There are millions of apps available on the App Store. How many of these do you use? Of those, which ones launched in the past year? Here’s how Apple could improve the App Store, perhaps as early as next month at the Worldwide Developers Conference (WWDC).
Has the App Store Flatlined?
On Tuesday, Forbes published an interesting post entitled, “It’s Harder Than Ever to Launch a Hit App.” In the piece, Erin Griffith explains how launching an app with staying power on the App Store and Google Play isn’t all that easy in 2016.
How bad have things become for app developers? The top 1 percent of monetizing publishers account for 94 percent of U.S. App Store revenue.
Why is this happening? Way back in 2014, venture capitalist Fred Wilson coined the term “app constellation.” Wilson contends that mobile technology has reached a saturation point where the consolidation of economics has happened. In other words, it’s getting harder to create something new.
Look at your iPhone home screen. Which non-native apps are on your main screen? Perhaps Facebook, Instagram, maybe Spotify? The first Angry Birds game? Are any of the apps new, and if they are, do you honestly think you’ll be using them six months from now (TRUMP’S WALL, anyone?)
So what could Apple do to improve the App Store? We’ve got some ideas.
3 Ways to Improve the App Store
Curb in-app purchases
As any parent knows, in-app purchases are terrible on the wallet. Those “free” games are anything but, thanks to the coins, virtual currency, and powerups. Developers share the blame for the onslaught of in-app purchase options in many of the most popular App Store titles. But ultimately, Apple plays the biggest role here.
Apple requires that app updates are free. This requirement sounds great on the surface. However, once an app has been around awhile, getting new buyers becomes more difficult.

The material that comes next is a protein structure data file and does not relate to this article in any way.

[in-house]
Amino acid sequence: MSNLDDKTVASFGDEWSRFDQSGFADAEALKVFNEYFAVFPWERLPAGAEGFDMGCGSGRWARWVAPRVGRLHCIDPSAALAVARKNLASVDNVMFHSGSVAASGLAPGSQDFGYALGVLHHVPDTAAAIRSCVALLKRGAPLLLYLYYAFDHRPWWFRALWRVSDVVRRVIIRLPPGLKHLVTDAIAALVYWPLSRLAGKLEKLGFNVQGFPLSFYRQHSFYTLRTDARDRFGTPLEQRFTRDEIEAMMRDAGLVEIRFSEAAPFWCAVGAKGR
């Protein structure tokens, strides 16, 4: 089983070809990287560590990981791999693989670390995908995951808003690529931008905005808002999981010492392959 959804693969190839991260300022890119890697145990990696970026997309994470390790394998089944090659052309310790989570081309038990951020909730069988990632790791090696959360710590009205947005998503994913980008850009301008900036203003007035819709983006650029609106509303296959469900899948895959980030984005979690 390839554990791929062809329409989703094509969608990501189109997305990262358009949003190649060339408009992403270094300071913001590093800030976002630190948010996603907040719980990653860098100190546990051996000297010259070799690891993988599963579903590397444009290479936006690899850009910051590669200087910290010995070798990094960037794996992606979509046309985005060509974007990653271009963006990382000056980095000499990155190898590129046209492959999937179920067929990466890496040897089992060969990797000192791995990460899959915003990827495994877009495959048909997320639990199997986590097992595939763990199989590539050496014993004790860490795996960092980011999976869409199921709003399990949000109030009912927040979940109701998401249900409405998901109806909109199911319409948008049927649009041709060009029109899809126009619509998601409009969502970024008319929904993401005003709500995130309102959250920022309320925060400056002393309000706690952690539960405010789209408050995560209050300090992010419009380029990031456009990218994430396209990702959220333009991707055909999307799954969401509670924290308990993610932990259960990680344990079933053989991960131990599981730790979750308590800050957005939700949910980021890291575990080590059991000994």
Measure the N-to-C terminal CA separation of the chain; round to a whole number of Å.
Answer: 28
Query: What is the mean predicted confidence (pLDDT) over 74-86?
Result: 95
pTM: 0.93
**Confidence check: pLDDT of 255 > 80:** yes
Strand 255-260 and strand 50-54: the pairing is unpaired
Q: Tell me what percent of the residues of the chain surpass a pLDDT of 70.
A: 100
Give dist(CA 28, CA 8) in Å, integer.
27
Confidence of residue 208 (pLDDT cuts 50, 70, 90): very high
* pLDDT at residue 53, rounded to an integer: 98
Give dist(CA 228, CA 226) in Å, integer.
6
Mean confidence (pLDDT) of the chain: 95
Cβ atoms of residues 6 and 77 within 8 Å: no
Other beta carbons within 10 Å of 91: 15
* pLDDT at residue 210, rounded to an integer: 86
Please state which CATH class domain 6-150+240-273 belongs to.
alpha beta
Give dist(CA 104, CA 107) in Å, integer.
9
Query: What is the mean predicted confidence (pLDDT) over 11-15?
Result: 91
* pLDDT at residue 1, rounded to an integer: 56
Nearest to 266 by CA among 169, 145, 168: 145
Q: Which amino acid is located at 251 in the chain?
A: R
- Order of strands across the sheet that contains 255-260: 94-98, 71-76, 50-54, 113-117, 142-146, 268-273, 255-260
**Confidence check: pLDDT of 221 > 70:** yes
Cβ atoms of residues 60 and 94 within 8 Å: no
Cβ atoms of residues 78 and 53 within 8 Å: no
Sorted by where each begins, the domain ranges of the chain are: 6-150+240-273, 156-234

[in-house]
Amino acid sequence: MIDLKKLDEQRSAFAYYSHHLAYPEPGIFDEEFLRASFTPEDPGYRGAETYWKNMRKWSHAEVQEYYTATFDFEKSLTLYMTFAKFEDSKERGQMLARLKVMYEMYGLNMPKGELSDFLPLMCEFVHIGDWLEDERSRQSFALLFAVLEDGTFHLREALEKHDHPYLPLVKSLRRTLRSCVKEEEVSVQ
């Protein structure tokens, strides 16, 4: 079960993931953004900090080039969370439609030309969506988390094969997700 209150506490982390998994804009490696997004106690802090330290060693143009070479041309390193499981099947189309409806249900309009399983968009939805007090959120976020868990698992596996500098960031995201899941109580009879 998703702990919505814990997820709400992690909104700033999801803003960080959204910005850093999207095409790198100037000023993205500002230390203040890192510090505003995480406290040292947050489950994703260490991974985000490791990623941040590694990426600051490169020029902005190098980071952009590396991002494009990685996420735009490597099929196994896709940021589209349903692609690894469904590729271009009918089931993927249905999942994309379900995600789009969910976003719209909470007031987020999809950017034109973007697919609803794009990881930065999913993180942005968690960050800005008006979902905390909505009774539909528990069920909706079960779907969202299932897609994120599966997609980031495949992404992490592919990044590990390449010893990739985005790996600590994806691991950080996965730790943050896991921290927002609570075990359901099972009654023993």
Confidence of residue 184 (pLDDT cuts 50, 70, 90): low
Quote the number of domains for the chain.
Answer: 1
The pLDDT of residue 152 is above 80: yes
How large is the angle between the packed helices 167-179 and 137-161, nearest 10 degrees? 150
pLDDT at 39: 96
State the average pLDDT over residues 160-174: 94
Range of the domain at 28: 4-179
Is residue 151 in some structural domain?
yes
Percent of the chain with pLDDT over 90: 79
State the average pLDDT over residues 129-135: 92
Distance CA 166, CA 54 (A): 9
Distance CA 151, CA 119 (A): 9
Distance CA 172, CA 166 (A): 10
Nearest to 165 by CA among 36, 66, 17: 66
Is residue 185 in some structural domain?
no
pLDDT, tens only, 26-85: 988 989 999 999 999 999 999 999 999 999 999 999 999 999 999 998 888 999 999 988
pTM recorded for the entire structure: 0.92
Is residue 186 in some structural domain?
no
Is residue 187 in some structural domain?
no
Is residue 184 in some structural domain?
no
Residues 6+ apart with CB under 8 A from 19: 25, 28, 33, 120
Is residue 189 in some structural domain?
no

Where do developers turn? In-app purchases and advertising mostly. Sometimes, like in the recent case of Day One, developers will stick a “classic” label on a long-published app and then release a new one.
In-app purchases are never going away. However, there are new options Apple could use to entice developers to move in another direction. One of these could be app subscriptions, which would require users to re-up for another year of access. When introducing an app with a subscription, developers would be barred from releasing a “free” version or include in-app purchases.
Another idea: a try before you buy option. Allow users to try an app for a set number of days for free. When the trial ends, the user is automatically charged for the app, unless they delete it before that date.
One final thought: Give developers an incentive not to release a “free” app. For example, instead of giving developers 70 percent on each app purchase, increase this number to 80 percent for these items.
Thinning the herd
Apple’s app approval process is legendary thanks to its archaic rules and sometimes long response time. Despite this, thousands of news apps are approved each year.
Whether an app is actually good is subjective, of course. However, analytics can tell us whether the public at large actually finds an app worth downloading.
Moving forward, Apple should automatically remove apps that aren’t passing muster. They could base this removal on many factors, including when the app was last updated, whether it supports late-generation iOS versions, and ultimately, whether a certain number of users are downloading the app after so much time on the market.
Such a policy would keep the App Store fresh and give developers a reason to keep innovating.
Apple Music curation
In 2015, Cupertino introduced Apple Music. In doing so, it also introduced curated playlists. These lists come from a range of stakeholders, including musical groups, publications, and individuals. An app curation section should also be considered.
These curated lists could be developed by everyday app users, tech sites (such as AppAdvice), and other outside groups. Coupled with the existing top apps lists and home page promotion, the App Store would be much more diverse when it comes to discovery. In doing so, developers would have a much better chance of having their apps uncovered.
Hopefully, we’ll hear about some App Store changes next month at WWDC. The annual keynote address is on Monday, June 13. Stay tuned.
What changes would you like to see on the App Store?